In September 2018 maritime archaeologists reported that they had discovered the resting place of Captain Cook's HMS Endeavour just off the coast of Goat Island, where it had been used to blockade the British during the US Revolutionary War. The ship and its crew had been made famous as the first European explorers to visit Australia's east coast. In 1775, the Fort was renamed Fort Liberty; the British army occupied Newport from 1776 through 1779 and renamed it Fort George during that time. In 1784 it was renamed Fort Washington after George Washington. In 1794, Newport sold Goat Island to the federal government for $1,500 to maintain a military fort to defend Newport Harbor; the fort was named Fort Wolcott in commemoration the services of Oliver Wolcott, a General of the Militia and a member of the Continental Congress from Connecticut. In 1824, the first Newport Harbor Lighthouse was constructed at the north end of the island. Fort Wolcott was active until 1835 when the garrison was transferred to Florida to fight the Seminole Indians.
In 1851 the original lighthouse moved to Prudence Island to become Prudence Island Light, the current Newport Harbor Light was constructed on a dike near the former lighthouse site. The area surrounding the dike was filled in when the hotel was constructed much later. In 1869 the U. S. Naval Torpedo Station was founded on the site of the former Army fort; the Station was expanded over the next 100 years and produced many of the Navy's torpedoes through World War I and World War II at the island's Navy Torpedo Factory. The torpedo station was closed in 1951 and Naval Undersea Warfare Center was created with a facility nearby. In addition to the Goat Island lighthouse, the Coast Guard has maintained a cutter at Goat Island since at least the late 1960s; the Point-class cutter USCGC Point Turner served her entire 31-year career at Goat Island from when she was commissioned on 14 April 1967 until she was decommissioned on 3 April 1998. The tradition of having a Coast Guard cutter stationed at Goat Island resumed when the Marine Protector-class coastal patrol boat USCGC Tiger Shark was commissioned on 16 July 2005.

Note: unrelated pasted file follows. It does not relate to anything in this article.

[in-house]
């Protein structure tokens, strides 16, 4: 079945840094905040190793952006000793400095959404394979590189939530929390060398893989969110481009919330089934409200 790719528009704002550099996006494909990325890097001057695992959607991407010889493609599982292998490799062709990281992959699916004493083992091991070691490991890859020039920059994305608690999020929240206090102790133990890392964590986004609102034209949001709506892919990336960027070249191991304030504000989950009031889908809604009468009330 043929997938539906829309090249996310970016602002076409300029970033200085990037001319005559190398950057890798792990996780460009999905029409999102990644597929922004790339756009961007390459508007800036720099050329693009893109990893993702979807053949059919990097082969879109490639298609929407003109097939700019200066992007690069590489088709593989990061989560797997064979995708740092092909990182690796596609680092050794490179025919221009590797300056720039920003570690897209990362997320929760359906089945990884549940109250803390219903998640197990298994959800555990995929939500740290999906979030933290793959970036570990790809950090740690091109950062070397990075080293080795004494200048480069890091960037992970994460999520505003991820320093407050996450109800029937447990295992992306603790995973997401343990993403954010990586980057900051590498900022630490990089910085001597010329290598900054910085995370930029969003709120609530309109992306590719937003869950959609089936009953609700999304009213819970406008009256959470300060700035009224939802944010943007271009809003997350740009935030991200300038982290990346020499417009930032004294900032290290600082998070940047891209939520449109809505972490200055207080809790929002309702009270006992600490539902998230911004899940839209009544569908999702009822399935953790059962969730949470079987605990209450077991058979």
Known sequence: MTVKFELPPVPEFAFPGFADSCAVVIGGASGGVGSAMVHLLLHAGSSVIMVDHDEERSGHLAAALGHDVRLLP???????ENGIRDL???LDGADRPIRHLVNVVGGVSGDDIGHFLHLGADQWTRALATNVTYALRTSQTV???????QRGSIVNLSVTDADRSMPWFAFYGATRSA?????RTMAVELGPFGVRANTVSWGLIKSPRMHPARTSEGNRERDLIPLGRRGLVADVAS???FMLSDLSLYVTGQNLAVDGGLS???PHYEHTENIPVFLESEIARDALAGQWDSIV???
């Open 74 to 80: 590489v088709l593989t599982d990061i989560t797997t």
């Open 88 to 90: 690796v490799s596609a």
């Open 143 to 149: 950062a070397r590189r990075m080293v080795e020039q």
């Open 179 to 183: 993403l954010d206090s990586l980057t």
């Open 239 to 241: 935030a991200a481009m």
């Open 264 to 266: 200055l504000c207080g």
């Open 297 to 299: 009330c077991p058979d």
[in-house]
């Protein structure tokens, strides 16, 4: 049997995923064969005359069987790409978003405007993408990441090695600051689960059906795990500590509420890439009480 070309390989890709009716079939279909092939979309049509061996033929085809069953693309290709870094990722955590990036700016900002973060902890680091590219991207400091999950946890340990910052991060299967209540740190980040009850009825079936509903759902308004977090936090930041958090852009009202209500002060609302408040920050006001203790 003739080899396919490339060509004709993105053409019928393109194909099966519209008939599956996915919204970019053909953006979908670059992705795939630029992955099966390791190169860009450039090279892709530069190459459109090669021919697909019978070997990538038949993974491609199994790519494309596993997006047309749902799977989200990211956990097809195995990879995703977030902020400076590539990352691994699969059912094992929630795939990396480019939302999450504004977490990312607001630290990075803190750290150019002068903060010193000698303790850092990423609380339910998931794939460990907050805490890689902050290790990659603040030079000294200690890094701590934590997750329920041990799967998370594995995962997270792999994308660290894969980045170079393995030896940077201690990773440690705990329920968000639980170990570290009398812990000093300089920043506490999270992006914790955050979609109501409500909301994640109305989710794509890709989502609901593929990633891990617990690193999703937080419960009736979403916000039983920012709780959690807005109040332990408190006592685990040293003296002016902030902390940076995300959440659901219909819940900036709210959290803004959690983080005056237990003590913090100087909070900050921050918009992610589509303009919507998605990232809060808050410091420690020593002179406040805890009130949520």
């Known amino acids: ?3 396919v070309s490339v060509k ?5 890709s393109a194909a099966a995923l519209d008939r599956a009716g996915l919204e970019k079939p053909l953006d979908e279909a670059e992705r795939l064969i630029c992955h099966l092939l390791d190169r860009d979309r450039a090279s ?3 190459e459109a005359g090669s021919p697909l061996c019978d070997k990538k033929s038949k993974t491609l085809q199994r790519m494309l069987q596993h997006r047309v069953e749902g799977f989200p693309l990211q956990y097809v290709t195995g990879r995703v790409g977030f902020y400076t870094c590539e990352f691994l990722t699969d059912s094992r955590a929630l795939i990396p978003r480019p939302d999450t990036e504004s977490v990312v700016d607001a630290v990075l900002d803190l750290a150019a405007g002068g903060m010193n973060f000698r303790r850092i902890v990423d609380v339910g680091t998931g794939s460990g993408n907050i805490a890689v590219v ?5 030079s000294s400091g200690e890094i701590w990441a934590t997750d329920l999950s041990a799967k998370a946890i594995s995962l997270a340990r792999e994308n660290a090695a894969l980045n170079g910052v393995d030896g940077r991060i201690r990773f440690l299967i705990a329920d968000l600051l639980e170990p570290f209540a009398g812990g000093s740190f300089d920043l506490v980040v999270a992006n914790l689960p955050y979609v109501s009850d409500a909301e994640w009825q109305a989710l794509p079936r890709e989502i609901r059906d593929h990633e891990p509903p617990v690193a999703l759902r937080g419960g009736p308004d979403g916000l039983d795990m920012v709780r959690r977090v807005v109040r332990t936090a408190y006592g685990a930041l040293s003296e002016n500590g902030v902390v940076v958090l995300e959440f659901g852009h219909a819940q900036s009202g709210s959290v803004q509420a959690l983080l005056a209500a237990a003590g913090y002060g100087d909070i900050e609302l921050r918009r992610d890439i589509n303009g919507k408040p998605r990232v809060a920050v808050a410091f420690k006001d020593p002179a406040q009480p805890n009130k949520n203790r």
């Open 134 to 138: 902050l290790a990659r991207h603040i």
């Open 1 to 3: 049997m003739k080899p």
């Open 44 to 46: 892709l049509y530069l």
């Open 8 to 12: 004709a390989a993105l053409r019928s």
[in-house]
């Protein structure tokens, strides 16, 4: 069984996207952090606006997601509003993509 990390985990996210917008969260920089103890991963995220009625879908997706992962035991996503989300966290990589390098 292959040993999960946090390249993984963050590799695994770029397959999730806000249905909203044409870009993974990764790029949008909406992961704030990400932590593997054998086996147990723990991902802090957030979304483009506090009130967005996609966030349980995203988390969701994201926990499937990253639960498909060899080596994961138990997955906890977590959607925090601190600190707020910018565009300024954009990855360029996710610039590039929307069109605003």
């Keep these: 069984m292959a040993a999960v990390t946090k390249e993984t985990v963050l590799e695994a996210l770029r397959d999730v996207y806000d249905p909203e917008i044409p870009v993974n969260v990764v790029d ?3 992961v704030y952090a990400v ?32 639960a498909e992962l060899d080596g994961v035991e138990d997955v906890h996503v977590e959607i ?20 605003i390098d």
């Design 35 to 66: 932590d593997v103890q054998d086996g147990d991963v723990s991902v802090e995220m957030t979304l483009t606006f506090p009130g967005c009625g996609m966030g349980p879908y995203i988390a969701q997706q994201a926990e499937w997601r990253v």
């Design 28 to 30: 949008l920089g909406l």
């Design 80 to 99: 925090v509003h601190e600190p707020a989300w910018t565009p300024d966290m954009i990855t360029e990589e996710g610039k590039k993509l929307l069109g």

In the 1960s, Goat Island was sold to Globe Manufacturing. Over the next several decades, Globe constructed the Colonial Hilton Hotel and Goat Island South Condominiums, converted the only former navy building remaining on the island into the Goat Island Marina and Marina Bar & Grille. In the 1990s Island Development Corp. constructed the "Regatta Club", an event venue. After two Rhode Island Supreme Court decisions regarding the development, Goat Island South Condominiums took possession of the Regatta Club, leasing it to a third party. In 2006, Longwood Venues and Destinations opened Belle Mer, an event space for private functions, spanning 7.5 acres. Rhode Island portal Denison, Frederic; the Past and the Present: Narragansett Sea and Shore, an Illustrated Guide to Providence, Narragansett Pier, Block Island, Watch Hill, Rocky Point, Silver Spring, All the Famous Sea-Side Resorts of Rhode Island, with a Map of Narragansett Bay. Providence: J. A. & R. A. Reid. OCLC 191326002. Seavey, George L..
Rhode Island's Coastal Natural Areas: Priorities for Protection and Management. Marine Technical Report 43. Kingston, RI: Coastal Resources Center, University of Rhode Island. OCLC 853036255. Prologue: July 19, 1723 from gregflemming.com Goat Islan
Index of Rhode Island-related articles
The following is an alphabetical list of articles related to the U. 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